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Source: Derebail VK, Kshirsagar AV, Joy MS. Chronic Kidney Disease: Progression-Modifying Therapies. In: DiPiro, JT, Talbert RL, Yee GC, Matzke GR, Wells BG, Posey LM. Pharmacotherapy: A Pathophysiologic Approach. 8th edition. http://www.accesspharmacy.com/content.aspx?aid=7981349 and Hudson JQ. Chronic Kidney Disease: Management of Complications. In: DiPiro, JT, Talbert RL, Yee GC, Matzke GR, Wells BG, Posey LM. Pharmacotherapy: A Pathophysiologic Approach. 8th edition. http://www.accesspharmacy.com/content.aspx?aid=7981679. Accessed August 13, 2012.

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  • Chronic renal insufficiency
  • Progressive kidney disease

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  • Progressive loss of function over several months to years, characterized by gradual replacement of normal kidney architecture with parenchymal fibrosis.
  • Chronic kidney disease (CKD) categorized by level of kidney function:
    • Based on glomerular filtration rate (GFR)
    • Stages 1–5, each increasing number indicating more advanced stage of disease, as defined by declining GFR.
    • This classification system from the National Kidney Foundation’s Kidney Dialysis Outcomes and Quality Initiative (K/DOQI) also accounts for structural evidence of kidney damage.
    • CKD stage 5, previously referred to as end-stage renal disease (ESRD):
      • Occurs with GFR <15 mL/min/1.73m2 (<0.14 mL/s/m2) or in patients receiving renal replacement therapy (RRT).
      • For our purposes, ESRD refers specifically to patients receiving chronic dialysis.

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  • Susceptibility factors increase risk for kidney disease but do not directly cause kidney damage, including:
    • Advanced age
    • Reduced kidney mass and low birth weight
    • Racial or ethnic minority
    • Family history
    • Low income or education
    • Systemic inflammation
    • Dyslipidemia
  • Initiation factors are conditions that directly result in kidney damage and can be modified by drug therapy, including:
    • Diabetes mellitus
    • Hypertension
    • Autoimmune diseases
    • Polycystic kidney disease
    • Systemic infections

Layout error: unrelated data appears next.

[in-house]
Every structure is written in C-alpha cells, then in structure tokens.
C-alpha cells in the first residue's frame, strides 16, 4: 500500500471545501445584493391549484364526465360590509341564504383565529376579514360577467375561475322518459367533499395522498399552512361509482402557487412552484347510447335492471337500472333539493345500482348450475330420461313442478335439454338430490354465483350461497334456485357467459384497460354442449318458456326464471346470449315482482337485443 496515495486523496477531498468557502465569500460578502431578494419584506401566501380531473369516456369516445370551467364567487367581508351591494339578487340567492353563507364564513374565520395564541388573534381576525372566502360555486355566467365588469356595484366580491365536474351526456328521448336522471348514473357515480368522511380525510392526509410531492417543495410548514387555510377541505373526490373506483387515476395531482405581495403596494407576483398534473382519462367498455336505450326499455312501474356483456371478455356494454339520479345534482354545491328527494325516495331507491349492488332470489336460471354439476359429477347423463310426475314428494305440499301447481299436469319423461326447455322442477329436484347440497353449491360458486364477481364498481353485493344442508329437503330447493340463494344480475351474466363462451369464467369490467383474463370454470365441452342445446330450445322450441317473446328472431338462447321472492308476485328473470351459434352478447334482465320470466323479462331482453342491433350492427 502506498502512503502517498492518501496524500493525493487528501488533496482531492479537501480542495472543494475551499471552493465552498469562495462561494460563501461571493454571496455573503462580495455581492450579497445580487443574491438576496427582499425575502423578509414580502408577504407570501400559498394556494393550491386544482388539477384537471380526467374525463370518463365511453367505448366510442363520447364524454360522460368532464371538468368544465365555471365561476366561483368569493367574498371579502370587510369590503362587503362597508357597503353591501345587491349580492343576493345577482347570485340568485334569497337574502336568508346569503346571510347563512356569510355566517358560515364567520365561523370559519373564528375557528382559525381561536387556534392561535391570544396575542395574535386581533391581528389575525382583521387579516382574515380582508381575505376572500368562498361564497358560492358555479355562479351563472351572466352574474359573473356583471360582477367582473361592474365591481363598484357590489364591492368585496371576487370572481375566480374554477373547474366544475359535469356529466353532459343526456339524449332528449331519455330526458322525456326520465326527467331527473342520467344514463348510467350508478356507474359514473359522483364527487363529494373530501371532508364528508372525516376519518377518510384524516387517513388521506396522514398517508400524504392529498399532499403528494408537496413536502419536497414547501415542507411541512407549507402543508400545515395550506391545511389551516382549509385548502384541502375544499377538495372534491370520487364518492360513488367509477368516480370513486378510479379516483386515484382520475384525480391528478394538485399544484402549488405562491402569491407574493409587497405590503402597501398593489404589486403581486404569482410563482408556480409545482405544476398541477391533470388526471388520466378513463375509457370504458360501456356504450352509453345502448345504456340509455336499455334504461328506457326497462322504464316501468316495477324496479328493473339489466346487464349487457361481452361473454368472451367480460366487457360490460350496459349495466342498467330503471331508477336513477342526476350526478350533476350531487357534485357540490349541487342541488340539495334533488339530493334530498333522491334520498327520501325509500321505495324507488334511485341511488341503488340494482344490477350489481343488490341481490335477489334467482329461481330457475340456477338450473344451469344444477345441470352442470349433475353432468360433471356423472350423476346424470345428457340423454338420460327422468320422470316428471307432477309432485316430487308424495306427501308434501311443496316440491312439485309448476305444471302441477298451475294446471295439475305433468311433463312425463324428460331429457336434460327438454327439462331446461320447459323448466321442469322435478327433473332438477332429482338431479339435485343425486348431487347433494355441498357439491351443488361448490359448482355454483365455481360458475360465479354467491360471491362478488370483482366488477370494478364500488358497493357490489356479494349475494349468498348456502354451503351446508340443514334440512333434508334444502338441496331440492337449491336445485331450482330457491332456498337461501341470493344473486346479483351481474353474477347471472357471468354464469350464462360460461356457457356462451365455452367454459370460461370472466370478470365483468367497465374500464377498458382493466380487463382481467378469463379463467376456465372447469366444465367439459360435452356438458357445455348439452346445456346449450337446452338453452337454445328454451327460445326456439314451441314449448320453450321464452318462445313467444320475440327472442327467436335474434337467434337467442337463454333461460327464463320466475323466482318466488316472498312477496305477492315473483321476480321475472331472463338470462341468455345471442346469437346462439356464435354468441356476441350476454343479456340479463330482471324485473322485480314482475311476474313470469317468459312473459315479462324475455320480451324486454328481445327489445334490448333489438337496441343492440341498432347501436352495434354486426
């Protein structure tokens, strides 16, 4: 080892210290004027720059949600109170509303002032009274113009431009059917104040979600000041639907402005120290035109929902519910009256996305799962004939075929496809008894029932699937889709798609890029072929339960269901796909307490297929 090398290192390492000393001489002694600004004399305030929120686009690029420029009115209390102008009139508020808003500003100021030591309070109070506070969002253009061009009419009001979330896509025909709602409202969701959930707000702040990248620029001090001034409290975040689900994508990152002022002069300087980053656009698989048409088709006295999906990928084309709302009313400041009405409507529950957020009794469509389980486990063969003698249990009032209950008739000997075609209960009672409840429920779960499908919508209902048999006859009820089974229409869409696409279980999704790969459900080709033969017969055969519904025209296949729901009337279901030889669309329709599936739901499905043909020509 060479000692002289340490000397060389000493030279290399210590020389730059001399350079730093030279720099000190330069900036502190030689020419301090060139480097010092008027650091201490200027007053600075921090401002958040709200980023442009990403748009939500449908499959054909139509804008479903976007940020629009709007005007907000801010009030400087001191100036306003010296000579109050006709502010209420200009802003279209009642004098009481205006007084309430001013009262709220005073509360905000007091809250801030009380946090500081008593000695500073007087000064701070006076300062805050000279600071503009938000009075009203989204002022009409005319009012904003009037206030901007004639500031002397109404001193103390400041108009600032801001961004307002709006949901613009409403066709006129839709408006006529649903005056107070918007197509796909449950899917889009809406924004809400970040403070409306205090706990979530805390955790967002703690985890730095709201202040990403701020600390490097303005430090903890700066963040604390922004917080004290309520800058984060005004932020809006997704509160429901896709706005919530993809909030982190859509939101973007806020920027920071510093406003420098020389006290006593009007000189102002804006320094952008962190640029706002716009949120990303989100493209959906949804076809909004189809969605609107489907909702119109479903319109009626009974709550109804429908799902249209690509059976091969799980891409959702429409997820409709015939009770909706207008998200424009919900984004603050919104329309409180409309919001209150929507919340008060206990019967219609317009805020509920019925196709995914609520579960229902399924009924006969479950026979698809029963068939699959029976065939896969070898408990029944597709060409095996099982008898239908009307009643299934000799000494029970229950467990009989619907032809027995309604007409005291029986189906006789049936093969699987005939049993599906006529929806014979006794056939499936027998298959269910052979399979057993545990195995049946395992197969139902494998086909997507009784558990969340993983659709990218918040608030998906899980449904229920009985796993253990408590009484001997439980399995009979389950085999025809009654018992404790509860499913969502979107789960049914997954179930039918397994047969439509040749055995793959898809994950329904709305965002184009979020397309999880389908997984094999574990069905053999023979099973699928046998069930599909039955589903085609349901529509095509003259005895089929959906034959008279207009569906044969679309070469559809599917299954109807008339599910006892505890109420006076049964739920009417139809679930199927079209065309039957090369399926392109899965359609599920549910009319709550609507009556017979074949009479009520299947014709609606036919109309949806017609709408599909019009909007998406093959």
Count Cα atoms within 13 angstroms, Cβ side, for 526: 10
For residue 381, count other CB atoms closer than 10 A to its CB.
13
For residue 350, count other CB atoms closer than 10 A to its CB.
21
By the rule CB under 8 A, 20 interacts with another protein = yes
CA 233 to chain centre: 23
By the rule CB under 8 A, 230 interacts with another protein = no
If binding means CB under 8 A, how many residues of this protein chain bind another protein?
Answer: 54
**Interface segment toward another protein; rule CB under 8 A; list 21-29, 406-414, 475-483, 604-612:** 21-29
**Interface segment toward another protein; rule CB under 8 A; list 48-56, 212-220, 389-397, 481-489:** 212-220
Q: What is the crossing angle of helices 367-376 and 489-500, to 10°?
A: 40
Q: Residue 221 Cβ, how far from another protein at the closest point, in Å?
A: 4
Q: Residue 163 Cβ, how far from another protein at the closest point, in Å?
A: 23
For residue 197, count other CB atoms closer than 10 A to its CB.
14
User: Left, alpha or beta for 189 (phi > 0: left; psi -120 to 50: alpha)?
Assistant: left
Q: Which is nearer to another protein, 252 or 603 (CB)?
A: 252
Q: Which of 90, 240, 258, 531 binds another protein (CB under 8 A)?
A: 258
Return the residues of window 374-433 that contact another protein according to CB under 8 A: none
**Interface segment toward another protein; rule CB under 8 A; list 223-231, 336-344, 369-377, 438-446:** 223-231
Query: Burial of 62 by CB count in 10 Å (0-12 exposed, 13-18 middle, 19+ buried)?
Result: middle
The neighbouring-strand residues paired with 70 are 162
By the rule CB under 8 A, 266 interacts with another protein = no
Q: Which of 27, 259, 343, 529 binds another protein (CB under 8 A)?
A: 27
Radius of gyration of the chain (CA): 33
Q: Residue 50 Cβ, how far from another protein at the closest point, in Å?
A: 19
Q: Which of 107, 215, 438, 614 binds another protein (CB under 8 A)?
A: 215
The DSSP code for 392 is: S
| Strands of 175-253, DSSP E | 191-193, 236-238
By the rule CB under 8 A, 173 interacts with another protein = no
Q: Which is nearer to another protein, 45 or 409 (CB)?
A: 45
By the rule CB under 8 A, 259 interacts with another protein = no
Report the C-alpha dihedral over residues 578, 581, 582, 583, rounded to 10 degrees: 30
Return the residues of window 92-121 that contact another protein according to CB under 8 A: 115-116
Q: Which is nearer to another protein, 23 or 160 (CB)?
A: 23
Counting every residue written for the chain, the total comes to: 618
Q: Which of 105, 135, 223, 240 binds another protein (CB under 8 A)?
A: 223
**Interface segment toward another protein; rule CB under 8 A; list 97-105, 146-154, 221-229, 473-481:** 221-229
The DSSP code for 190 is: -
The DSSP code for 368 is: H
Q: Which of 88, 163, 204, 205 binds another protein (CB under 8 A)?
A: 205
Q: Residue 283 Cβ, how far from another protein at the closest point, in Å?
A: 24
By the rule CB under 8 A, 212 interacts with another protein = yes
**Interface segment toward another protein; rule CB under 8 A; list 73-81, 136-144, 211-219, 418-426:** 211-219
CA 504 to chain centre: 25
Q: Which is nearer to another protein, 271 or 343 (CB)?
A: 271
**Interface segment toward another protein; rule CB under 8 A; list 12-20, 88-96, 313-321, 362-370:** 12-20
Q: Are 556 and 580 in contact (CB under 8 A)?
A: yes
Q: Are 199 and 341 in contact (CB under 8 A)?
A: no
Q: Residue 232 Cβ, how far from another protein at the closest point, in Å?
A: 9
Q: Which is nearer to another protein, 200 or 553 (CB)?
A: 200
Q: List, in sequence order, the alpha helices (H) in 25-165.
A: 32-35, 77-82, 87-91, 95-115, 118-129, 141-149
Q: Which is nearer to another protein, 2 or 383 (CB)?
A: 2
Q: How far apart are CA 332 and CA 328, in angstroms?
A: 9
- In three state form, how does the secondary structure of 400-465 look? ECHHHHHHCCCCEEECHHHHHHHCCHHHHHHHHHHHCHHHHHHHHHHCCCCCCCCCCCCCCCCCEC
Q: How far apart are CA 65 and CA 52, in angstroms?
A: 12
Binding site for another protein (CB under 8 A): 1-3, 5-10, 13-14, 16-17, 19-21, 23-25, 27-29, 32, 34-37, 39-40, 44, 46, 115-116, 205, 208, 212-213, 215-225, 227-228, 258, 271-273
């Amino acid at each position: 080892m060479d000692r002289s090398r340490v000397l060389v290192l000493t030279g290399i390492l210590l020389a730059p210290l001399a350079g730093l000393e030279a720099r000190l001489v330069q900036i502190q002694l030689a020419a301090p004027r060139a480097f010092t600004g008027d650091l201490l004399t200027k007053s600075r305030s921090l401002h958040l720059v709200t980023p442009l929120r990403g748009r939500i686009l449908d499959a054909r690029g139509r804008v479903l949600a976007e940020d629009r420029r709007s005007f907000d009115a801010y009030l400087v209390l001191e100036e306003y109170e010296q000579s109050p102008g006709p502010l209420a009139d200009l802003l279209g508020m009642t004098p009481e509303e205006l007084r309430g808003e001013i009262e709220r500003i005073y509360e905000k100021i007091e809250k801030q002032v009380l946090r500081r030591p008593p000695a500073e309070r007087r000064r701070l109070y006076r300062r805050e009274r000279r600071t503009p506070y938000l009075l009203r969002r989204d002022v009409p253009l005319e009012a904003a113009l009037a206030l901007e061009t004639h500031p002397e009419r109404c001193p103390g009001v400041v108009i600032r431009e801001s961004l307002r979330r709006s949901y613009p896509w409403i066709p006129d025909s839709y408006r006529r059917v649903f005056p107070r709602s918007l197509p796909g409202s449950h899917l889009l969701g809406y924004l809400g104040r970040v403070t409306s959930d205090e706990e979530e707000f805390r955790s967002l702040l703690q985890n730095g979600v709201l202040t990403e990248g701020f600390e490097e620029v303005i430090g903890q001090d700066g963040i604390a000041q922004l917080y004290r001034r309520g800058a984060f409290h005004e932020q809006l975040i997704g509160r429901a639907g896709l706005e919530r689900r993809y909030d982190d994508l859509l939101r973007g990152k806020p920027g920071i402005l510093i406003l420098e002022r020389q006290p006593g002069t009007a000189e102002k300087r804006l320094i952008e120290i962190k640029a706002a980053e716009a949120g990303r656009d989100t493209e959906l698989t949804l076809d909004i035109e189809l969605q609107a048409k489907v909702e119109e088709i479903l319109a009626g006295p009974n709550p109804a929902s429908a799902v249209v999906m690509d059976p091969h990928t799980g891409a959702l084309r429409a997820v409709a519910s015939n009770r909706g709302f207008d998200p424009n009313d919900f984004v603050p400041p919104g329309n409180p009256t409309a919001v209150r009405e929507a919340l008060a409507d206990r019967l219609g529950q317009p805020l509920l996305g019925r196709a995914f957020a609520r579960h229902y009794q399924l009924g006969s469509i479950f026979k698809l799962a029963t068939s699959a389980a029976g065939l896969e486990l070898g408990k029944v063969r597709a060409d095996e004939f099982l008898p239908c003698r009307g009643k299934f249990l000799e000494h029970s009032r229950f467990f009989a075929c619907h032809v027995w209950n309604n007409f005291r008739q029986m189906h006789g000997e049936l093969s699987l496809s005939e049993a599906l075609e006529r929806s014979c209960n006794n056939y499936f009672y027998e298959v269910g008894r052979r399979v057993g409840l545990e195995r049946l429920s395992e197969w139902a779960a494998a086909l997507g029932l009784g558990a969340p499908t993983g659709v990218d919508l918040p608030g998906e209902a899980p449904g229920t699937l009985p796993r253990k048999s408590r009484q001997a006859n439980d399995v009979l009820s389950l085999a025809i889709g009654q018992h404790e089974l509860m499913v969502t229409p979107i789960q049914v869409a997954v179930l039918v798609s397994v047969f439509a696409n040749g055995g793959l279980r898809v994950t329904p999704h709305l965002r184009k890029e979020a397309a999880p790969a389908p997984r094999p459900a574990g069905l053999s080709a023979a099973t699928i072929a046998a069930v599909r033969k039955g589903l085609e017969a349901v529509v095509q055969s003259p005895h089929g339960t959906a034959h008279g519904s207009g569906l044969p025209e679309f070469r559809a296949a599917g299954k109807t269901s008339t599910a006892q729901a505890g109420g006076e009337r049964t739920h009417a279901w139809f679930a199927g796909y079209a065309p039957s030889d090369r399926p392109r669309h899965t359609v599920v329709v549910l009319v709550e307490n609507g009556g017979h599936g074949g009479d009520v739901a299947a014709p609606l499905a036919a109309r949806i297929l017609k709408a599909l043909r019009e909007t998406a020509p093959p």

• Urinary tract infections
    • Urinary stones
    • Nephrotoxicity
  • Progression factors hasten decline in kidney function after initiation of kidney damage, including:

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  • Most progressive nephropathies share final common pathway to irreversible renal parenchymal damage and ESRD (Figure 1).
  • Key pathway elements:
    • Loss of nephron mass resulting from exposure to any of initiation risk factors
    • Glomerular capillary hypertension resulting from compensatory hypertrophy
    • Proteinuria as result of direct cellular damage

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Figure 1.
Graphic Jump Location

Proposed mechanisms for progression of renal disease. Reprinted with permission from Wells BG, DiPiro JT, Schwinghammer TL, et al. Pharmacotherapy Handbook. 8th ed. New York: McGraw-Hill, 2012.

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  • Four most common causes of stage 5 CKD in United States:
    • Diabetes mellitus
    • Hypertension
    • Glomerulonephritis
    • Polycystic kidney disease

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  • Screening studies should be done in older individuals and those with family history of kidney disease.
    • Serum creatinine
    • GFR measurement
    • Urinalysis
    • Imaging studies of the kidney
  • Screen for presence of cardiovascular risk factors.

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  • CKD development and progression are insidious; early stages often undetected.

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Signs and Symptoms

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  • General symptoms associated with stages 1–4 (generally absent in stages 1 and 2; minimal in stages 3 and 4):
    • Edema
    • Cold intolerance
    • Shortness of breath
    • Palpitations
    • Cramping and muscle ...

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